RHYME • Words sound alike because they share the same ending vowel and consonant sounds. • (A word always rhymes with itself.) • LAMP • STAMP • Share the short “a” vowel sound • Share the combined “mp” consonant sound
END RHYME • A word at the end of one line rhymes with a word at the end of another line • Hector the Collector • Collected bits of string. • Collected dolls with broken heads • And rusty bells that would not ring.
INTERNAL RHYME • A word inside a line rhymes with another word on the same line. • Once upon a midnight dreary, while I pondered weak and weary. • From “The Raven” • by Edgar Allan Poe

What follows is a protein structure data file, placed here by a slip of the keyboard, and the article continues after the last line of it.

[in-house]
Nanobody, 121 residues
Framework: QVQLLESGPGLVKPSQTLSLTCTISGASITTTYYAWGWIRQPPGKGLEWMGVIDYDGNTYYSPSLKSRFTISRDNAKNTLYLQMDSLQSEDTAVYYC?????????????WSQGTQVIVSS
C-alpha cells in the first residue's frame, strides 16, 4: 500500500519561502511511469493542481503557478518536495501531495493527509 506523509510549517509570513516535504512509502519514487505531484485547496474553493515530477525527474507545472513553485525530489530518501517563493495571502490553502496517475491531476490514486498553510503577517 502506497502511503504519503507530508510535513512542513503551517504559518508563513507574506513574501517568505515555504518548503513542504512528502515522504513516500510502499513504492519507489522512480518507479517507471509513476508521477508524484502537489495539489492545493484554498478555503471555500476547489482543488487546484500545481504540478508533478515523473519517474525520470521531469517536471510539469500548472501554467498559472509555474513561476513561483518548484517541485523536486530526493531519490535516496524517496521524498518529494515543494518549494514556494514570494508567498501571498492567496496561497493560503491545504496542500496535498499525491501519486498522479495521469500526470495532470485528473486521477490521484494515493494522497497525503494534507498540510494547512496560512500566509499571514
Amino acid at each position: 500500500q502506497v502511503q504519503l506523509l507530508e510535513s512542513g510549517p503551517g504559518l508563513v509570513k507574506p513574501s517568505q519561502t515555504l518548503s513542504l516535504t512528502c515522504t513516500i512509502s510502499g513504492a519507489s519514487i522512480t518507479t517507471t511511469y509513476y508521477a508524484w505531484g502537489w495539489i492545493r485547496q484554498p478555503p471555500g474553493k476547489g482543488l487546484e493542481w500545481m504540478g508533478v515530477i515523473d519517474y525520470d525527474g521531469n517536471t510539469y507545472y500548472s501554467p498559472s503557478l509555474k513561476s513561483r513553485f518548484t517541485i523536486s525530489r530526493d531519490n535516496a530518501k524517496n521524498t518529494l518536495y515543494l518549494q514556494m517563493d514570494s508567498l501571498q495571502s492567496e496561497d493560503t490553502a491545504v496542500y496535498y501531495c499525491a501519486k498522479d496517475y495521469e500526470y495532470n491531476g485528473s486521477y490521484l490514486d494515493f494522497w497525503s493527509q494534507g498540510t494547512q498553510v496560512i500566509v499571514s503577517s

NEAR RHYME • a.k.a imperfect rhyme, close rhyme • The words share EITHER the same vowel or consonant sound BUT NOT BOTH • ROSE • LOSE • Different vowel sounds (long “o” and “oo” sound) • Share the same consonant sound
RHYME SCHEME • A rhyme scheme is a pattern of rhyme (usually end rhyme, but not always). • Use the letters of the alphabet to represent sounds to be able to visually “see” the pattern. (See next slide for an example.)
SAMPLE RHYME SCHEME • The Germ by Ogden Nash • A mighty creature is the germ, • Though smaller than the pachyderm. • His customary dwelling place • Is deep within the human race. • His childish pride he often pleases • By giving people strange diseases. • Do you, my poppet, feel infirm? • You probably contain a germ. a a b b c c a a